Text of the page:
We went to see the movie Kingdom of Heaven last night at Century Cinema and were very surprised to find how packed the theater was. In order to find available seats for an 8:00pm screening, we had to buy the tickets at around 1:00pm. Apparently, Friday night is becoming movie night in Jordan. Anyway, the movie itself was well made, with superb cinematography and fine acting, although I’m not sure how accurate it was historically. Orlando Bloom’s performance was surprisingly top-notch. He really was the star of the film.
Kingdom of Heaven, which details a story of battles between crusaders and Arab Muslims over Jerusalem, was also well made in the sense that the spoken Arabic was actually accurate for a change. Unlike some other Hollywood productions, which used Iranian actors (or even a Maori native of New Zealand), indigenous Arab actors played the designated parts here.
Since I’m Jordanian and naturally biased towards my country, I couldn’t help but notice how many times the Jordanian city of Karak was mentioned in this movie. Even a whole scene took place inside the Karak castle. Personally, I think Jordan’s Ministry of Tourism should do something to promote the castle and city of Karak following the movie’s release. [Here’s a photo tour]
I’m quite sure Karak will become a name familiar to many after this flick’s run. My suggestion to the ministry of tourism: For crying out loud, market Karak as a tourist destination. Hollywood did their part (for once), now it is time to do yours.
Thanks for the push…
I suppose I will have to take hubby to watch it now!
I haven’t seen it yet. I admit I was annoyed by initial reports (two years ago) that the movie would not be Crusader, but in light of more positive developments in the Middle East I suppose I can let that go in the spirit of mutual goodwill.
I was amused by Natasha’s use of the phrase “For crying out loud,” though, which I believe has its origins in English-speaking Christians’ attempts to avoid blasphemy – what’s called a “minced oath”.
“For Christ’s sake!” is a common exclamation when someone is surprised or appalled, though it is blasphemous. People will often begin with “For Chri…” and finish with “…ying out loud!” especially when children are present. “Goshdarnit!” is a similar example, as is “Gee whiz!” An old one, “Criminy!” seems to be making a comeback, and “Jiminy Cricket” is a really old one picked up by Disney for some reason. Both of those last two mix up “Christ” or “Jesus Christ” and domini, the Latin word for “Lord”, frequently used as a substitute for “God” in the old Catholic mass.
There are a lot of minced oaths, many don’t necessarily involve religion such as “Shucks!” or “Darn!”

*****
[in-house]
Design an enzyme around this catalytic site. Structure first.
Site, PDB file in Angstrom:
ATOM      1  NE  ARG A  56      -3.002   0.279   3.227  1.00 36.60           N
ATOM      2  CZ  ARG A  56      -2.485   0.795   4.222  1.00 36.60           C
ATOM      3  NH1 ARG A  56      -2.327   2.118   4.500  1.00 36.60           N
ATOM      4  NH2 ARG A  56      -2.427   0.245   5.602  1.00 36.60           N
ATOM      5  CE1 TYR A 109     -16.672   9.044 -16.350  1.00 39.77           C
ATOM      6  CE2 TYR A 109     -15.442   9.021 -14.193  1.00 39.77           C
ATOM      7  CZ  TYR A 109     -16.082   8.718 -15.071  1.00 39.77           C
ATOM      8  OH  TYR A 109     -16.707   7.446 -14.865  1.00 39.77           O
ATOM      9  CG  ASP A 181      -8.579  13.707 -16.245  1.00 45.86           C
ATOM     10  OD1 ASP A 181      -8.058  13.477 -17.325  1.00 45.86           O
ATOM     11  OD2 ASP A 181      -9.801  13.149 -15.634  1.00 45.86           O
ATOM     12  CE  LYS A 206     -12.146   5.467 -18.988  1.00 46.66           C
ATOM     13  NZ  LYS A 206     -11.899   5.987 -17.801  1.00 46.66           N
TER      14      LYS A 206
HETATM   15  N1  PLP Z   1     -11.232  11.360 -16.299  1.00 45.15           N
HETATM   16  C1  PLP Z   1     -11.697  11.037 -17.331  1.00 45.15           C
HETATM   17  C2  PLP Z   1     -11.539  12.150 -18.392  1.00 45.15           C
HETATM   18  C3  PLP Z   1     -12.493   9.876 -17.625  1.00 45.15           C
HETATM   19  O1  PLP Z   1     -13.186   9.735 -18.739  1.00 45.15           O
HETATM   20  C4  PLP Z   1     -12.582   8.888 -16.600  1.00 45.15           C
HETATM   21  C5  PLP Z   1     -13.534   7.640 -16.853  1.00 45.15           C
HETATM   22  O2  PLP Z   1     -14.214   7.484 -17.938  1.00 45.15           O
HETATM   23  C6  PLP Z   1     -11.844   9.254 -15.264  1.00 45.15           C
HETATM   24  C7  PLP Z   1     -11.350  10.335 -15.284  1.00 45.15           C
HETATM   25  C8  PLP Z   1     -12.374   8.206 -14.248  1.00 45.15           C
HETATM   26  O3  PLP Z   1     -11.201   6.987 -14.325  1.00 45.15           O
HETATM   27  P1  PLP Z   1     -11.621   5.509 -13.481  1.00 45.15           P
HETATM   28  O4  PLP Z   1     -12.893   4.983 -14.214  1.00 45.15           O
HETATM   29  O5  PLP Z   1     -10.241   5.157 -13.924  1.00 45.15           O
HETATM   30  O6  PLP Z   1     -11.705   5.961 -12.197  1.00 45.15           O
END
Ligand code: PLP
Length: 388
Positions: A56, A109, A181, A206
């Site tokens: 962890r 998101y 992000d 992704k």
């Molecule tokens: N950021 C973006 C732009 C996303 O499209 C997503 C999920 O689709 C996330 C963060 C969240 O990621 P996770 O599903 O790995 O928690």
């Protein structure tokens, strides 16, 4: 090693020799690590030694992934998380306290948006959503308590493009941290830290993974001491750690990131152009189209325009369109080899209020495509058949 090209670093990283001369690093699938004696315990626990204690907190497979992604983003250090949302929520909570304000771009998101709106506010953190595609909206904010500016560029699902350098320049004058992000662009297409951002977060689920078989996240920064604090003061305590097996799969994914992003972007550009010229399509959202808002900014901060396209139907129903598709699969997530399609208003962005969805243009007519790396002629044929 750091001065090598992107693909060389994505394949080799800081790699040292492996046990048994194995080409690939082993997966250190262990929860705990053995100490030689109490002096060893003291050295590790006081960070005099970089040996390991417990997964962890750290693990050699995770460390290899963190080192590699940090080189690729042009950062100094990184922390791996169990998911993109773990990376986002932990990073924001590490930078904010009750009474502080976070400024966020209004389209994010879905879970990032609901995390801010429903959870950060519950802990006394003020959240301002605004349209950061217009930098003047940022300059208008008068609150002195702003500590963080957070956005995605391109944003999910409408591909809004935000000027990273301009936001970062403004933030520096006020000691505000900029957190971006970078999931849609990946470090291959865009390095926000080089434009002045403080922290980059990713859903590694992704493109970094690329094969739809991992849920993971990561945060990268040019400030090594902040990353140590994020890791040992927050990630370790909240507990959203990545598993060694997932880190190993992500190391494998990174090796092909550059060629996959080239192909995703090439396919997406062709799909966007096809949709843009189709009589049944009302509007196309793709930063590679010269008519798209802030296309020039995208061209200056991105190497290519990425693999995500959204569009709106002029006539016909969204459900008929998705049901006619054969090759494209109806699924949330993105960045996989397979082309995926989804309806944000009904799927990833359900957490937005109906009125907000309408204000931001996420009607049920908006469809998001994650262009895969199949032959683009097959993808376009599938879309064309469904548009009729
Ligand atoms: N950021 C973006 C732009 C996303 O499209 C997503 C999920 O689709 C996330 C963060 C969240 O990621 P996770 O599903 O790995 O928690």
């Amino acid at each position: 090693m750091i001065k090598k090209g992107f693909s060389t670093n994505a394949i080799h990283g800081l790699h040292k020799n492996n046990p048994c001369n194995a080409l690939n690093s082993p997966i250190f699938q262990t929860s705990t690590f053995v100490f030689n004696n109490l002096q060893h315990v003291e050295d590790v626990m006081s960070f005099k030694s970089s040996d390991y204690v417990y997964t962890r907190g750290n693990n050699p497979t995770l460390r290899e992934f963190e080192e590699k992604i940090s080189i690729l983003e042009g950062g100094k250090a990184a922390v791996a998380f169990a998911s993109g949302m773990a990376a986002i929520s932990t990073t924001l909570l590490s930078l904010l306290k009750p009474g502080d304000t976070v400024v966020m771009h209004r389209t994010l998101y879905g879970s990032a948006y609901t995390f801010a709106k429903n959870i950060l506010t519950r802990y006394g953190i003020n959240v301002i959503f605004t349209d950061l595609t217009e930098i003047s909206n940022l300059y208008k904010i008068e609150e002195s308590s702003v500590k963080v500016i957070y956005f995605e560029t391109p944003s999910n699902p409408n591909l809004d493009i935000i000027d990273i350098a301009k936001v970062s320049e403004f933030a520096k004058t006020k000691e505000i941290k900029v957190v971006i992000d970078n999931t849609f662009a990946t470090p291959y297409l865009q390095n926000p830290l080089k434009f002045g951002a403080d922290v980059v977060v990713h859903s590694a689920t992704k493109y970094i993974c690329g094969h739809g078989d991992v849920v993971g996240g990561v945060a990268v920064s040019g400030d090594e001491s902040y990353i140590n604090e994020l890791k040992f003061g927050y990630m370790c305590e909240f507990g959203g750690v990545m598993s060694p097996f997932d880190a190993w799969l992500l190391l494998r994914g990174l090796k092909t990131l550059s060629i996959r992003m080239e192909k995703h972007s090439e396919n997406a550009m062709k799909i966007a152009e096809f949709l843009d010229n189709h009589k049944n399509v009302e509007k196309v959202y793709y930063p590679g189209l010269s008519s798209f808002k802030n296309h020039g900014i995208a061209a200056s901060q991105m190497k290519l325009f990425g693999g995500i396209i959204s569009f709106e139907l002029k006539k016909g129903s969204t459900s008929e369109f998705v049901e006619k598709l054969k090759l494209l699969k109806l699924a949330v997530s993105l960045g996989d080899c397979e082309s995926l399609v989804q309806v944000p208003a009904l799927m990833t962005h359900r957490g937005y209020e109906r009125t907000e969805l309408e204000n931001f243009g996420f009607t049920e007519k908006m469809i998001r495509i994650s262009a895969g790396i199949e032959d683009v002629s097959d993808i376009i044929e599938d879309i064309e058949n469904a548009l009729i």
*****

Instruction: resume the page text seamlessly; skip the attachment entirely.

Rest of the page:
In North America at least, I think French-speakers do the same thing, especially since most of their curses are rooted in blasphemy. English curses are usually rooted in genital region functions and Spanish features a wide array of animal analogies and metaphors as curses.
And actually the crusades started with the ethnic Turks and not Arabs. People didn’t have a grasp on nationality back then anyways, that’s a relatively modern concept that draws on perceived ties to language, religion, and racial build up of a region. That’s why the concept of a united “Arab Nation” doesn’t fly, it only benefits from the sameness of language. So it’s really not accurate to claim the crusades were fought with the “Arab Muslims”. Arabic the language, however, was the lingua franca of the Muslim lands, hence the misconception.
Salah al Din was a Kurd.
as a keraki…i agree 😀
Natasha, i totally agree with what you say. I should start my marketing plan soon and print thousands of t-shirts with the picture of the castle on the back and kingdom of heaven on the front….maybe they’ll be a hit like the titanic t-shirts they still sell in il-balad. hehe….
I really enjoyed the film, loved the cinematography, and the overall tone and balance of it. I was also happy to see Ridley Scott decide to use a music piece by a composer i know, Patrick Cassidy who is one of ireland’s top classical composers, he is quite amazing in his compositions.
What im even more happy to see is that al-karak, was a major part of the film, and as we say ” Shibabek yal karak…kilhon rijajilli”
I didnt know that we had that advanced horrible technology to destroy and bring down the walls of Jerusalem in the way it was in the movie. All who were in the theater ( all of them but me) were stunned of how advanced the weaopons that were used. And you call this accurate ! But it is a good movie because it is in the past. I think whats accurate though the script on the screen at the end which says that almost after 1000 years, peace is still elusive in that part of the world.
Although not perfect, the movie is “generally” accurate from a historic sense. One subplot is wholly fictional, however, and that is the relationship between Balian and Sibylla; the makers of the movie just wanted to infuse some romance into it – all historical records point to Sibylla being very fatihful to her hubby.
Hollywood knows better than to offend Karakians, Issam.
Weilak yalli ta3dina ya weilak weil….
I missed the 8pm show yesterday but catched the 9:15 one 🙂 I am sure glad that I did.. I really liked it, and I agree with you about Orlando Bloom. The thing that I liked the most is that this is that it had been a looong time since I saw a Holywood movie that have Arabs in that isn’t offending, I really liked it, and give it a 9/10 🙂